Total U.S. natural gas production was nearly flat in August compared to the previous month, but in the Other States category, which includes shale-heavy Pennsylvania, Ohio and West Virginia, output reached 27.02 Bcf/d, a 2.4% increase from 26.38 Bcf/d in July and a whopping 17.1% increase from 23.08 Bcf/d in August 2012, according to the Energy Information Administration’s (EIA) Monthly Natural Gas Gross Production Report.
Total U.S. natural gas production in August was 82.28 Bcf/d, down 0.2% compared to 82.42 Bcf/d in July but up 7.4% compared with 76.58 Bcf/d in August 2012, EIA said.
Production in the Other States category was boosted by new wells coming online in the Marcellus Shale, EIA said. Production in Texas, which was 23.00 Bcf/d in August, up 0.6% compared with 22.86 Bcf/d in July, increased primarily because of production from new wells in the Eagle Ford Shale and Permian Basin.
Also posting production increases compared to July were Oklahoma (5.98 Bcf/d, a 0.6% increase) and the Lower 48 (74.82 Bcf/d, a 0.3% increase).
Louisiana showed the largest volumetric decrease (6.09 Bcf/d, a 5.1% decrease from 6.42 Bcf/d in July), “as many operators reported maintenance issues and normal well decline,” EIA said. The Federal Offshore Gulf of Mexico reported 3.36 Bcf/d production in August, down 5.6% decline compared to 3.56 Bcf/d in July, due to shut-ins for platform and pipeline maintenance. Also showing declines compared to July were Wyoming (5.61 Bcf/d, down 1.2%) and Alaska (7.46 Bcf/d, down 4.4%). Production in Mexico was 3.76 Bcf/d, unchanged compared to July.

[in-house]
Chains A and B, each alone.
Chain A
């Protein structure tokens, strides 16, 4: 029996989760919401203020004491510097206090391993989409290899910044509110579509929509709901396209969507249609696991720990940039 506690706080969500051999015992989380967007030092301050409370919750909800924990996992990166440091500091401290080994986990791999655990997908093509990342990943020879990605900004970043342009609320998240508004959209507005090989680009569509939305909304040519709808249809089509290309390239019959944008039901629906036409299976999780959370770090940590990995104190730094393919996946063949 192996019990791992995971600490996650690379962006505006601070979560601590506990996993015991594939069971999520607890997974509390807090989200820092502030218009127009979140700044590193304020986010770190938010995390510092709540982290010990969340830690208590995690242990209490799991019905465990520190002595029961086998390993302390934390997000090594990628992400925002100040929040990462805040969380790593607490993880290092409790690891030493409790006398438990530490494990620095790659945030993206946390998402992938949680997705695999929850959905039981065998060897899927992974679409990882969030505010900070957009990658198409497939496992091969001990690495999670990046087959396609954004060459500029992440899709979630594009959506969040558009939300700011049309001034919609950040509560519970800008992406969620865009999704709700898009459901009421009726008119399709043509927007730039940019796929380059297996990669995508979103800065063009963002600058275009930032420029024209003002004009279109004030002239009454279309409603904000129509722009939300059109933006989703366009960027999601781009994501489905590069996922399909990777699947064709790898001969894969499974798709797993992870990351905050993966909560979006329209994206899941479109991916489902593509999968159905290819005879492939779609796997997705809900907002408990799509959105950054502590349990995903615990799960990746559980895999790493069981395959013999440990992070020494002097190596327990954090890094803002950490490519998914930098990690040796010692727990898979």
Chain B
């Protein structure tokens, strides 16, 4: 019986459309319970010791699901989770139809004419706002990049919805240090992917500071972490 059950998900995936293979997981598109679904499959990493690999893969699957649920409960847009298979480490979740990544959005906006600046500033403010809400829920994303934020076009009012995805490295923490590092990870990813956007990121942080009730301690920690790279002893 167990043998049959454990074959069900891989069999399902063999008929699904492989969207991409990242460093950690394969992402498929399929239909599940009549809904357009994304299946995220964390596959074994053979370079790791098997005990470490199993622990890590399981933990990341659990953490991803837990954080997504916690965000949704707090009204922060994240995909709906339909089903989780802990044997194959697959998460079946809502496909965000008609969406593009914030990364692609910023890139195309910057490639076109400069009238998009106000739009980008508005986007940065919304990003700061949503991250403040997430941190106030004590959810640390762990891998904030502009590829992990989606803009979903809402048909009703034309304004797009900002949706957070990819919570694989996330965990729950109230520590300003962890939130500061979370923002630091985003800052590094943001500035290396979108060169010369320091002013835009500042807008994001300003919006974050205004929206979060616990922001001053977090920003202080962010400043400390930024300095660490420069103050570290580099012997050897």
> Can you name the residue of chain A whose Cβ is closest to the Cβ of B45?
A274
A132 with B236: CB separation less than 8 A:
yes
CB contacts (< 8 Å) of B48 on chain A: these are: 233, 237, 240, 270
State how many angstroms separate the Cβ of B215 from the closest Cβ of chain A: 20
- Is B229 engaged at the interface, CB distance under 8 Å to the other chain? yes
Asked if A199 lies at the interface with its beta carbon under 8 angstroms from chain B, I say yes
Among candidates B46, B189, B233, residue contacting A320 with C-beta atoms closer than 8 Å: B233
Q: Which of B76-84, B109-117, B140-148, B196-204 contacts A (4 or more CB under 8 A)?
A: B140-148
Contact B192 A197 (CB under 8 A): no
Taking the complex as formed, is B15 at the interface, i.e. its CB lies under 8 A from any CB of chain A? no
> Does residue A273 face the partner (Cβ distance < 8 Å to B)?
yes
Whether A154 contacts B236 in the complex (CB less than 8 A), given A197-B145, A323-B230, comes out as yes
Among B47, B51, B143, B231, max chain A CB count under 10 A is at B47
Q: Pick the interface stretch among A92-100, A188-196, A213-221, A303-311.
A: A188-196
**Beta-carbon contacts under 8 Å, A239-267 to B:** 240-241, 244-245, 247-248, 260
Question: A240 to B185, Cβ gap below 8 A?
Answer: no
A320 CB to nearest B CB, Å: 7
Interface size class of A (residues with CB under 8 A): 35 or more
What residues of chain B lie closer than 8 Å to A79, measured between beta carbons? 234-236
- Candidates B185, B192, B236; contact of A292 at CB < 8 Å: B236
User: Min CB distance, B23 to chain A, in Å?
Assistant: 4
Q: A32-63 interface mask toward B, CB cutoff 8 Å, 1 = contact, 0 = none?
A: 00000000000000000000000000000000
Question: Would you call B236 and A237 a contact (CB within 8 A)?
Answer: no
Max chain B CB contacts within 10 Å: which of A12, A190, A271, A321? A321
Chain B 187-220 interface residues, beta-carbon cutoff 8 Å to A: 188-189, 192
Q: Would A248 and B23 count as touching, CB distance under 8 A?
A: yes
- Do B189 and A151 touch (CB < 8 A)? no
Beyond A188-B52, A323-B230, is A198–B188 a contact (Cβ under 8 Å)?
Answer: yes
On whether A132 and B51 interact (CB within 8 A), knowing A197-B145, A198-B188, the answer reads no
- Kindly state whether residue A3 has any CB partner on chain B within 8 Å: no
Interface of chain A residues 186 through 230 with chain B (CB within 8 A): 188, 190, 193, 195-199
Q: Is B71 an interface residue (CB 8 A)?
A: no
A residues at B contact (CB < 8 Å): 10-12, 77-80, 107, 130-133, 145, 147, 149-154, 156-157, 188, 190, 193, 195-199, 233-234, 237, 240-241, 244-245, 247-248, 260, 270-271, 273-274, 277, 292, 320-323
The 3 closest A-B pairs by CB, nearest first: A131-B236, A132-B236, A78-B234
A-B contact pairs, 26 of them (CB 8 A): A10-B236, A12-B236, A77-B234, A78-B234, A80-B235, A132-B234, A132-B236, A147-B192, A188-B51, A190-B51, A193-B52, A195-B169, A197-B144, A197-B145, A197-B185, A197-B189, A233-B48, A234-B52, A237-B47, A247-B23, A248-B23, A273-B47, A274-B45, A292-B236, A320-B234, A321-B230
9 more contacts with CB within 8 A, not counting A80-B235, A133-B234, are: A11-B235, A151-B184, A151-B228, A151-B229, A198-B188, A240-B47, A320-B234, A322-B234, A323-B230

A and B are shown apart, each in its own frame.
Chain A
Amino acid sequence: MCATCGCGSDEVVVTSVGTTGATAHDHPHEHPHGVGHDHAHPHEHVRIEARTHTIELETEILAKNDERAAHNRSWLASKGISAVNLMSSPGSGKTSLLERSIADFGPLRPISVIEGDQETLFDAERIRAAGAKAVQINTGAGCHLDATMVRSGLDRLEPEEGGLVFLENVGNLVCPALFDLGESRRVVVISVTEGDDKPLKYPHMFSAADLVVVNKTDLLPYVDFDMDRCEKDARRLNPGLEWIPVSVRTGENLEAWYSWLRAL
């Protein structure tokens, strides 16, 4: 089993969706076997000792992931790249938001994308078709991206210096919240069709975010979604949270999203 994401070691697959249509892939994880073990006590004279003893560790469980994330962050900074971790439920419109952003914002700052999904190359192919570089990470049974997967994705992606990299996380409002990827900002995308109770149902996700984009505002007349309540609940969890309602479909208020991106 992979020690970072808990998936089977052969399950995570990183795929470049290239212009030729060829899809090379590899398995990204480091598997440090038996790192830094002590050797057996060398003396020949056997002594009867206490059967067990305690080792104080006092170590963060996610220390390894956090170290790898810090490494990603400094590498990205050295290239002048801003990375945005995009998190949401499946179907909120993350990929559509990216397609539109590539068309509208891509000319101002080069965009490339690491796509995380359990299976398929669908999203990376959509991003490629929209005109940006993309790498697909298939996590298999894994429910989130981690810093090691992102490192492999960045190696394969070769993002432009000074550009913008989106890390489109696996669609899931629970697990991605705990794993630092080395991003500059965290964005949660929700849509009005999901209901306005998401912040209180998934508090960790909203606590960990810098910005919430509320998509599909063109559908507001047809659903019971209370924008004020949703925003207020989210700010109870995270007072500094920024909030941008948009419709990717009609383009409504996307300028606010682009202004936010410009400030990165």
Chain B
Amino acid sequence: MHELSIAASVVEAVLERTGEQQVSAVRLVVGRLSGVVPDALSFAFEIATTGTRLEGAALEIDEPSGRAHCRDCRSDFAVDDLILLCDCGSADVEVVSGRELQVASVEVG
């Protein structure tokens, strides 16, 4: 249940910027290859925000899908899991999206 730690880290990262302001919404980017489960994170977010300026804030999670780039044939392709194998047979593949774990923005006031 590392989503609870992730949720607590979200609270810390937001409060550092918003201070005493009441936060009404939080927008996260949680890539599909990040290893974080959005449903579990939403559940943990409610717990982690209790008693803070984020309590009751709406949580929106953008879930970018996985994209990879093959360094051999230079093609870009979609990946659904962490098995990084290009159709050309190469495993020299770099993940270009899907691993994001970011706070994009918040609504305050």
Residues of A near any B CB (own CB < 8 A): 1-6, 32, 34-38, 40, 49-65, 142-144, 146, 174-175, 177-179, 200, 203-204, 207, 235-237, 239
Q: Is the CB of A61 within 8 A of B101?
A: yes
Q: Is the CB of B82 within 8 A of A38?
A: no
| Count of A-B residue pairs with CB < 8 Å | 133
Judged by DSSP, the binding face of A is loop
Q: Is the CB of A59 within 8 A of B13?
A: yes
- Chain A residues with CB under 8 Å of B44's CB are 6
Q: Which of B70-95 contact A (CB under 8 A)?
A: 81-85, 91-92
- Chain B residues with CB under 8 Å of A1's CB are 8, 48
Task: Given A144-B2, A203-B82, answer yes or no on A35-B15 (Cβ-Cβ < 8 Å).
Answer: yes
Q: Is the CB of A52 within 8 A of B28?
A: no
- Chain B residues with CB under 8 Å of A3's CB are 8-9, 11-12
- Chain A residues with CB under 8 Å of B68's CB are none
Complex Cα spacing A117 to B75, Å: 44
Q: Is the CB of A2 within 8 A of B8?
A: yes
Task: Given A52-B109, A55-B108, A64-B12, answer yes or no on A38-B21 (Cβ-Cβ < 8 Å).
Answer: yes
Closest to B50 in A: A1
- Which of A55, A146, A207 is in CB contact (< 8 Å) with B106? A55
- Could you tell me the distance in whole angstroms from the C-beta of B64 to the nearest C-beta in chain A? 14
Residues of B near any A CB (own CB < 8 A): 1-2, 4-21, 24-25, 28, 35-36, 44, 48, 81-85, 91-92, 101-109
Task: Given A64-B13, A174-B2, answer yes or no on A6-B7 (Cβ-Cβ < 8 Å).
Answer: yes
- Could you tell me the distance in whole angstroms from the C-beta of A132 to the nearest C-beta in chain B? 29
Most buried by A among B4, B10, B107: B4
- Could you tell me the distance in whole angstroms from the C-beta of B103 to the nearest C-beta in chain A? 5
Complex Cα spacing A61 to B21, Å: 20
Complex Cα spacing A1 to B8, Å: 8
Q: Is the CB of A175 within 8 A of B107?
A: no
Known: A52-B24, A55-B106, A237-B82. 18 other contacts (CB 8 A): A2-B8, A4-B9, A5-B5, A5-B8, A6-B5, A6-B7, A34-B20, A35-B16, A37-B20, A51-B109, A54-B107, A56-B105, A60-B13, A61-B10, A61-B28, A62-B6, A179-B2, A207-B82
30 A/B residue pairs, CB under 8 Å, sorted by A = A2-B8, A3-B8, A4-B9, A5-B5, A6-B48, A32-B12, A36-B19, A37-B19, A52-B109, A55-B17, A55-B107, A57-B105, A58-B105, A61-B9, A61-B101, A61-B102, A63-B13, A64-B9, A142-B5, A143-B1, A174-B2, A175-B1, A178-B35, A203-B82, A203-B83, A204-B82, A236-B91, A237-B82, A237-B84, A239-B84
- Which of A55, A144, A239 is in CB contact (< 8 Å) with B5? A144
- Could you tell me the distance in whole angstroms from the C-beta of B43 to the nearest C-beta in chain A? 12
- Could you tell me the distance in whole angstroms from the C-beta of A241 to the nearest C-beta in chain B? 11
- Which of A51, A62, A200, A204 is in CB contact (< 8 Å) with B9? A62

“The data confirm that Lower 48 production is unlikely to tip into declines this year but instead is on a robust growth trajectory. Year to date, gross withdrawals have averaged 1.2 Bcf/d higher than last year,” according to Barclays analysts Biliana Pehlivanova and Shiyang Wang. Next month’s EIA report, which will include data from September, “could show some weakness as output was affected by temporary disruptions such as widespread heavy pipeline and well maintenance, processing plant outages, floods in Colorado, and Tropical Storm Karen,” the analysts said.
EIA also issued revised production figures for several categories for July (see Shale Daily Oct. 2) and other months dating back as far as March 2013. Revised were the July production numbers for Federal Offshore Gulf of Mexico (to 3.56 Bcf/d), Oklahoma (to 5.96 Bcf/d), Texas (to 22.86 Bcf/d), Wyoming (to 5.68 Bcf/d), Other States (to 26.38 Bcf/d), Lower 48 states (to 74.72 Bcf/d) and U.S. total (to 82.42 Bcf/d). June revisions were for Federal Offshore Gulf of Mexico (to 3.45 Bcf/d), Louisiana (to 6.49 Bcf/d), Oklahoma (to 5.87 Bcf/d), Lower 48 states (to 74.01 Bcf/d) and U.S. total (to 81.81 Bcf/d).
Also revised were the May production numbers for Texas (to 22.71 Bcf/d), Lower 48 states (to 73.78 Bcf/d) and U.S. total (to 82.20 Bcf/d); and the March production numbers for Louisiana (to 6.96 Bcf/d), Oklahoma (to 5.71 Bcf/d), Texas (to 22.11 Bcf/d) and Lower 48 states (to 72.67 Bcf/d).
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